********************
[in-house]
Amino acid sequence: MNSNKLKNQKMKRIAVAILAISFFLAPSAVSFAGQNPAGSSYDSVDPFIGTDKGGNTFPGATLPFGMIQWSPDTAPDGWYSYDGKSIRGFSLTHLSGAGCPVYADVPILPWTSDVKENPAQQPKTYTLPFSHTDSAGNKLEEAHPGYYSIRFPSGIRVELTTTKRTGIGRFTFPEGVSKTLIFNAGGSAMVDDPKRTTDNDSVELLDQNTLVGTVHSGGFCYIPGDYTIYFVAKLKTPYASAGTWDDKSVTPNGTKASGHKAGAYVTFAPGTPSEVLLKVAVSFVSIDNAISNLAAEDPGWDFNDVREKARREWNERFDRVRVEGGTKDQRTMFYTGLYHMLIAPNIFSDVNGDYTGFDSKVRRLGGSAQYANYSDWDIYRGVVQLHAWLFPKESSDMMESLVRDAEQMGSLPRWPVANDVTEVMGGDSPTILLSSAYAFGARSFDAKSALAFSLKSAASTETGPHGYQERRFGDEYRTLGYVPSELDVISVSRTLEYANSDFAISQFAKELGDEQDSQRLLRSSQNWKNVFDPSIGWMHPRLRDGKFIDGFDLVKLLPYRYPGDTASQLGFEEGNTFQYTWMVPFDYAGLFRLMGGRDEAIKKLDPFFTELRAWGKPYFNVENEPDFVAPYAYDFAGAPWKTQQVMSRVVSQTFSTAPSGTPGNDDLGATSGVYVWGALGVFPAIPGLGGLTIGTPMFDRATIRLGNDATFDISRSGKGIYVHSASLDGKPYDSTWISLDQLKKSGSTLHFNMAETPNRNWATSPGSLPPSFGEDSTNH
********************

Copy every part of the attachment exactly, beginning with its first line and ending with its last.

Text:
[in-house]
Amino acid sequence: MNSNKLKNQKMKRIAVAILAISFFLAPSAVSFAGQNPAGSSYDSVDPFIGTDKGGNTFPGATLPFGMIQWSPDTAPDGWYSYDGKSIRGFSLTHLSGAGCPVYADVPILPWTSDVKENPAQQPKTYTLPFSHTDSAGNKLEEAHPGYYSIRFPSGIRVELTTTKRTGIGRFTFPEGVSKTLIFNAGGSAMVDDPKRTTDNDSVELLDQNTLVGTVHSGGFCYIPGDYTIYFVAKLKTPYASAGTWDDKSVTPNGTKASGHKAGAYVTFAPGTPSEVLLKVAVSFVSIDNAISNLAAEDPGWDFNDVREKARREWNERFDRVRVEGGTKDQRTMFYTGLYHMLIAPNIFSDVNGDYTGFDSKVRRLGGSAQYANYSDWDIYRGVVQLHAWLFPKESSDMMESLVRDAEQMGSLPRWPVANDVTEVMGGDSPTILLSSAYAFGARSFDAKSALAFSLKSAASTETGPHGYQERRFGDEYRTLGYVPSELDVISVSRTLEYANSDFAISQFAKELGDEQDSQRLLRSSQNWKNVFDPSIGWMHPRLRDGKFIDGFDLVKLLPYRYPGDTASQLGFEEGNTFQYTWMVPFDYAGLFRLMGGRDEAIKKLDPFFTELRAWGKPYFNVENEPDFVAPYAYDFAGAPWKTQQVMSRVVSQTFSTAPSGTPGNDDLGATSGVYVWGALGVFPAIPGLGGLTIGTPMFDRATIRLGNDATFDISRSGKGIYVHSASLDGKPYDSTWISLDQLKKSGSTLHFNMAETPNRNWATSPGSLPPSFGEDSTNH